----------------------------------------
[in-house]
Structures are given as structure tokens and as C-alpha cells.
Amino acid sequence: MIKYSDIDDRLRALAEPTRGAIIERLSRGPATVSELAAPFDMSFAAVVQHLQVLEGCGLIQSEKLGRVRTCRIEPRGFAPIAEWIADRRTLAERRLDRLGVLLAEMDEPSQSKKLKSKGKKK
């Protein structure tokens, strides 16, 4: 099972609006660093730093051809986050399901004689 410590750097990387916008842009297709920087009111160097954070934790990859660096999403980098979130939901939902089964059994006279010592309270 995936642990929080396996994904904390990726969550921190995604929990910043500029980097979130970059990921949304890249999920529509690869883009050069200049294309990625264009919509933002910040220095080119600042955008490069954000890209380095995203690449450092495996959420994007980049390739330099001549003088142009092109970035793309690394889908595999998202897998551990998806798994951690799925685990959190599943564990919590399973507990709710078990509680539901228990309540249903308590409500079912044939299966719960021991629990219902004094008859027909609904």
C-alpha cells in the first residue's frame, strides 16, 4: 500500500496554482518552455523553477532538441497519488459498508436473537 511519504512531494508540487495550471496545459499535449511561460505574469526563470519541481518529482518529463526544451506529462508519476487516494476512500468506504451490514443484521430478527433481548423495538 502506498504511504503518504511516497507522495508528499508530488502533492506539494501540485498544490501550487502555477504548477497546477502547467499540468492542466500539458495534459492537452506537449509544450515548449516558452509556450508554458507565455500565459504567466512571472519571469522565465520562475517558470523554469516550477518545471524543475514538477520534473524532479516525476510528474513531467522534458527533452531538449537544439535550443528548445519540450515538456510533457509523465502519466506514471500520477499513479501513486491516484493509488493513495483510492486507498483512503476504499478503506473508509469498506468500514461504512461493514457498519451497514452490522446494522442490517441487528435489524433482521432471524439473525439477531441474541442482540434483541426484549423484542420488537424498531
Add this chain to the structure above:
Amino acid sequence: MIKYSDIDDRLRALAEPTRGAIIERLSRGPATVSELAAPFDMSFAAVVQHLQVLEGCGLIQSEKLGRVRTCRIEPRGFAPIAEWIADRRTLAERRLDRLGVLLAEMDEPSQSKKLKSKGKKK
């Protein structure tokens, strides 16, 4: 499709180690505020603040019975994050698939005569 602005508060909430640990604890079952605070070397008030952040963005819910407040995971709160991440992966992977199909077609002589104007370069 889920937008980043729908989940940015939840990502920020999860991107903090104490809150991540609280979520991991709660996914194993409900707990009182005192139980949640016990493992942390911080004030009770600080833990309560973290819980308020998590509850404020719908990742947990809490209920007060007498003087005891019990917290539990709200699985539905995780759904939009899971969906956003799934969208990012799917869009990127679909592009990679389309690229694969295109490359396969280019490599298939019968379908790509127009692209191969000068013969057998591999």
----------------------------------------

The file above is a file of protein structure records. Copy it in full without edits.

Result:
[in-house]
Structures are given as structure tokens and as C-alpha cells.
Amino acid sequence: MIKYSDIDDRLRALAEPTRGAIIERLSRGPATVSELAAPFDMSFAAVVQHLQVLEGCGLIQSEKLGRVRTCRIEPRGFAPIAEWIADRRTLAERRLDRLGVLLAEMDEPSQSKKLKSKGKKK
């Protein structure tokens, strides 16, 4: 099972609006660093730093051809986050399901004689 410590750097990387916008842009297709920087009111160097954070934790990859660096999403980098979130939901939902089964059994006279010592309270 995936642990929080396996994904904390990726969550921190995604929990910043500029980097979130970059990921949304890249999920529509690869883009050069200049294309990625264009919509933002910040220095080119600042955008490069954000890209380095995203690449450092495996959420994007980049390739330099001549003088142009092109970035793309690394889908595999998202897998551990998806798994951690799925685990959190599943564990919590399973507990709710078990509680539901228990309540249903308590409500079912044939299966719960021991629990219902004094008859027909609904």
C-alpha cells in the first residue's frame, strides 16, 4: 500500500496554482518552455523553477532538441497519488459498508436473537 511519504512531494508540487495550471496545459499535449511561460505574469526563470519541481518529482518529463526544451506529462508519476487516494476512500468506504451490514443484521430478527433481548423495538 502506498504511504503518504511516497507522495508528499508530488502533492506539494501540485498544490501550487502555477504548477497546477502547467499540468492542466500539458495534459492537452506537449509544450515548449516558452509556450508554458507565455500565459504567466512571472519571469522565465520562475517558470523554469516550477518545471524543475514538477520534473524532479516525476510528474513531467522534458527533452531538449537544439535550443528548445519540450515538456510533457509523465502519466506514471500520477499513479501513486491516484493509488493513495483510492486507498483512503476504499478503506473508509469498506468500514461504512461493514457498519451497514452490522446494522442490517441487528435489524433482521432471524439473525439477531441474541442482540434483541426484549423484542420488537424498531
Add this chain to the structure above:
Amino acid sequence: MIKYSDIDDRLRALAEPTRGAIIERLSRGPATVSELAAPFDMSFAAVVQHLQVLEGCGLIQSEKLGRVRTCRIEPRGFAPIAEWIADRRTLAERRLDRLGVLLAEMDEPSQSKKLKSKGKKK
């Protein structure tokens, strides 16, 4: 499709180690505020603040019975994050698939005569 602005508060909430640990604890079952605070070397008030952040963005819910407040995971709160991440992966992977199909077609002589104007370069 889920937008980043729908989940940015939840990502920020999860991107903090104490809150991540609280979520991991709660996914194993409900707990009182005192139980949640016990493992942390911080004030009770600080833990309560973290819980308020998590509850404020719908990742947990809490209920007060007498003087005891019990917290539990709200699985539905995780759904939009899971969906956003799934969208990012799917869009990127679909592009990679389309690229694969295109490359396969280019490599298939019968379908790509127009692209191969000068013969057998591999």